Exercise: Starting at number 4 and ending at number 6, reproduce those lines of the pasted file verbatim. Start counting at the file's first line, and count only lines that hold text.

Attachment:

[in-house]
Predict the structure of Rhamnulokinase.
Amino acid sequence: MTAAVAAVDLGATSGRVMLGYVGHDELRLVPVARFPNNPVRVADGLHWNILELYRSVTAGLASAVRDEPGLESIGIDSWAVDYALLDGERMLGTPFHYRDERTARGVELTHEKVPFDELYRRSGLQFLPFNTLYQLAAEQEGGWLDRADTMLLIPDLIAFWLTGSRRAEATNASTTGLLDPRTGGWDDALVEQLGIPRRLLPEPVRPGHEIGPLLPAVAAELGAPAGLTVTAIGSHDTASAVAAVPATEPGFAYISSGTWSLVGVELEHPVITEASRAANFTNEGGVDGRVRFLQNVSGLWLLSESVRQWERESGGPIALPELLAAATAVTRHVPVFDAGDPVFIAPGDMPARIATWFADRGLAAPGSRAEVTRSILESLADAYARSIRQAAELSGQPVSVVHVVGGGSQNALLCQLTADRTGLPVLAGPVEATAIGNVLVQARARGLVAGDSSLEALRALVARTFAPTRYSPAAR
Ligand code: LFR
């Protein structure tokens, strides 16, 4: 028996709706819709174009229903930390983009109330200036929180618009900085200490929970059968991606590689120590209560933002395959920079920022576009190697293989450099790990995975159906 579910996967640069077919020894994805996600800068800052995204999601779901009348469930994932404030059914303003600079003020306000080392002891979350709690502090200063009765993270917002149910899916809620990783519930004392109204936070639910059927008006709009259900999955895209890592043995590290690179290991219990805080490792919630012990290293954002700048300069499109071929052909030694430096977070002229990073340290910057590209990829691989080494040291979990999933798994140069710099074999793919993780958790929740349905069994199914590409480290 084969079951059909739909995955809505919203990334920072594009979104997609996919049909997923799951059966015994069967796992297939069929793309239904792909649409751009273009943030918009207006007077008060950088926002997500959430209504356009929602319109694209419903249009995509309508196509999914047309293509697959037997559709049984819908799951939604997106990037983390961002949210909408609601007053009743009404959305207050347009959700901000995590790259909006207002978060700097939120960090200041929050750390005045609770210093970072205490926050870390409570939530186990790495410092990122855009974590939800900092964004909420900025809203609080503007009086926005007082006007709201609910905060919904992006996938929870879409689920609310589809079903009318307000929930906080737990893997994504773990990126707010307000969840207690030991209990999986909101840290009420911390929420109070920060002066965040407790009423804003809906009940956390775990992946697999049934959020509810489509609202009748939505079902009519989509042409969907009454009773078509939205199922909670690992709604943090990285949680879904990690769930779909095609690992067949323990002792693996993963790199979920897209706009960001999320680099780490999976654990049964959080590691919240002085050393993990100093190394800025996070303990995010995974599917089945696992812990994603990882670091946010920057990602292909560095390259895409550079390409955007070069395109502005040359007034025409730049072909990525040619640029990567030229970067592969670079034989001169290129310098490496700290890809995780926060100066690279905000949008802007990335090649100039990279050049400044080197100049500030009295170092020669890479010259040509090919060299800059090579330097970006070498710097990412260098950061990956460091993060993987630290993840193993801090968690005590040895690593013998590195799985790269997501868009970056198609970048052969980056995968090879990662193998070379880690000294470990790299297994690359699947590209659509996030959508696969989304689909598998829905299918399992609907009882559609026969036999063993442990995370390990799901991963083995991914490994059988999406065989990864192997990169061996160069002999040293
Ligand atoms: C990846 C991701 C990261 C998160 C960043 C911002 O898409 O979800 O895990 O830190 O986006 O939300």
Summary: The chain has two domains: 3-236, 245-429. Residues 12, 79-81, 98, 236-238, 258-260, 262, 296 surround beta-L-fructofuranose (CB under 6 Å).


Ligand code: LFR
């Protein structure tokens, strides 16, 4: 028996709706819709174009229903930390983009109330200036929180618009900085200490929970059968991606590689120590209560933002395959920079920022576009190697293989450099790990995975159906 579910996967640069077919020894994805996600800068800052995204999601779901009348469930994932404030059914303003600079003020306000080392002891979350709690502090200063009765993270917002149910899916809620990783519930004392109204936070639910059927008006709009259900999955895209890592043995590290690179290991219990805080490792919630012990290293954002700048300069499109071929052909030694430096977070002229990073340290910057590209990829691989080494040291979990999933798994140069710099074999793919993780958790929740349905069994199914590409480290 084969079951059909739909995955809505919203990334920072594009979104997609996919049909997923799951059966015994069967796992297939069929793309239904792909649409751009273009943030918009207006007077008060950088926002997500959430209504356009929602319109694209419903249009995509309508196509999914047309293509697959037997559709049984819908799951939604997106990037983390961002949210909408609601007053009743009404959305207050347009959700901000995590790259909006207002978060700097939120960090200041929050750390005045609770210093970072205490926050870390409570939530186990790495410092990122855009974590939800900092964004909420900025809203609080503007009086926005007082006007709201609910905060919904992006996938929870879409689920609310589809079903009318307000929930906080737990893997994504773990990126707010307000969840207690030991209990999986909101840290009420911390929420109070920060002066965040407790009423804003809906009940956390775990992946697999049934959020509810489509609202009748939505079902009519989509042409969907009454009773078509939205199922909670690992709604943090990285949680879904990690769930779909095609690992067949323990002792693996993963790199979920897209706009960001999320680099780490999976654990049964959080590691919240002085050393993990100093190394800025996070303990995010995974599917089945696992812990994603990882670091946010920057990602292909560095390259895409550079390409955007070069395109502005040359007034025409730049072909990525040619640029990567030229970067592969670079034989001169290129310098490496700290890809995780926060100066690279905000949008802007990335090649100039990279050049400044080197100049500030009295170092020669890479010259040509090919060299800059090579330097970006070498710097990412260098950061990956460091993060993987630290993840193993801090968690005590040895690593013998590195799985790269997501868009970056198609970048052969980056995968090879990662193998070379880690000294470990790299297994690359699947590209659509996030959508696969989304689909598998829905299918399992609907009882559609026969036999063993442990995370390990799901991963083995991914490994059988999406065989990864192997990169061996160069002999040293
Ligand atoms: C990846 C991701 C990261 C998160 C960043 C911002 O898409 O979800 O895990 O830190 O986006 O939300």